Cleveland-Cliffs have announced plans to potentially cease mining operations in Australia later this year, following an earnings call made on Thursday, January 25.
Currently, the mining giant own the Koolyanobbing complex and serve much of the Asian iron ore markets, with export processed through the Esperance port.
Last financial year, iron ore from the complex represented more than 75 per cent of the export volume through the Esperance port.
During the quarterly earnings call, Cleveland-Cliffs’ chief executive officer Lourenco Goncalves indicated the increasing preference for ‘higher grade’ ores had impacted the non-core ‘low-grade’ operation in Australia, with mining operations ‘likely to cease’ as a result.
Mr Goncalves said he appreciated the hard work and ‘sacrifices’ of the Australian operations and would ensure the market remained informed on the status of their operations throughout the year.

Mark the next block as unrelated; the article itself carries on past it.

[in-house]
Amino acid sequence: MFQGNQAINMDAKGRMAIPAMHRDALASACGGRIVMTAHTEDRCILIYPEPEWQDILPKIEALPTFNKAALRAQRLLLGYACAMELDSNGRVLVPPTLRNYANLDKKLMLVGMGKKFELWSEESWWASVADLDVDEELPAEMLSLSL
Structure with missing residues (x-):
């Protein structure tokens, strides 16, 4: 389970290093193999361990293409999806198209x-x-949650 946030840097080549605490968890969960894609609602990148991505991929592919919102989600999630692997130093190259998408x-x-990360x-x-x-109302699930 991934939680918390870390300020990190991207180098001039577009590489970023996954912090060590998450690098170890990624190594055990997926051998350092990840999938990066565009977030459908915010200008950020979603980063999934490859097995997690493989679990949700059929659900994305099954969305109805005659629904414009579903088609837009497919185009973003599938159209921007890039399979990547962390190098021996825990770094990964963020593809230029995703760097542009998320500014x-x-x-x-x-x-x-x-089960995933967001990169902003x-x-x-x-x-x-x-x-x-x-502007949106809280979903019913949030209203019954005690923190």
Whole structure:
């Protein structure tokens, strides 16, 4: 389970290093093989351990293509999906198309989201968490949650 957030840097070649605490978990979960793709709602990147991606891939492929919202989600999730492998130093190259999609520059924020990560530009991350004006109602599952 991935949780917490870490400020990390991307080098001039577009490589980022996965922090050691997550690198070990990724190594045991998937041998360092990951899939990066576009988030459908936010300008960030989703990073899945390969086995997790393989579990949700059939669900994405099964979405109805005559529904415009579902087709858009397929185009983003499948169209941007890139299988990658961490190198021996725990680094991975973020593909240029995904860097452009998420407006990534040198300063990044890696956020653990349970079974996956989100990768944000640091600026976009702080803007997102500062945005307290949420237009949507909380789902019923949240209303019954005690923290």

Southern Ports chief executive Nicolas Fertin said the news was a ‘blow’ for staff and the broader Goldfields-Esperance community and would impact Southern Ports as a whole.
“We know over the past six months trade has been down, which was confirmed overnight in the fourth-quarter earnings presentation from Cliffs,” he said.
“All port staff have been working hard to make Southern Ports more competitive and attract other trade to mitigate what we knew was the risk of the possible closure of the Cliffs operations.
“That said, we have been shocked to learn from the statement made overnight that Cleveland-Cliffs is likely to cease mining operations in Australia later this year.”
Mr Fertin said Southern Ports would work with staff, stakeholders and customers to ‘develop a way forward’ in the wake of the announcement.
A spokesperson for Southern Ports said there were plans in place to provide ‘face-to-face meetings’ and support in relation to the matter.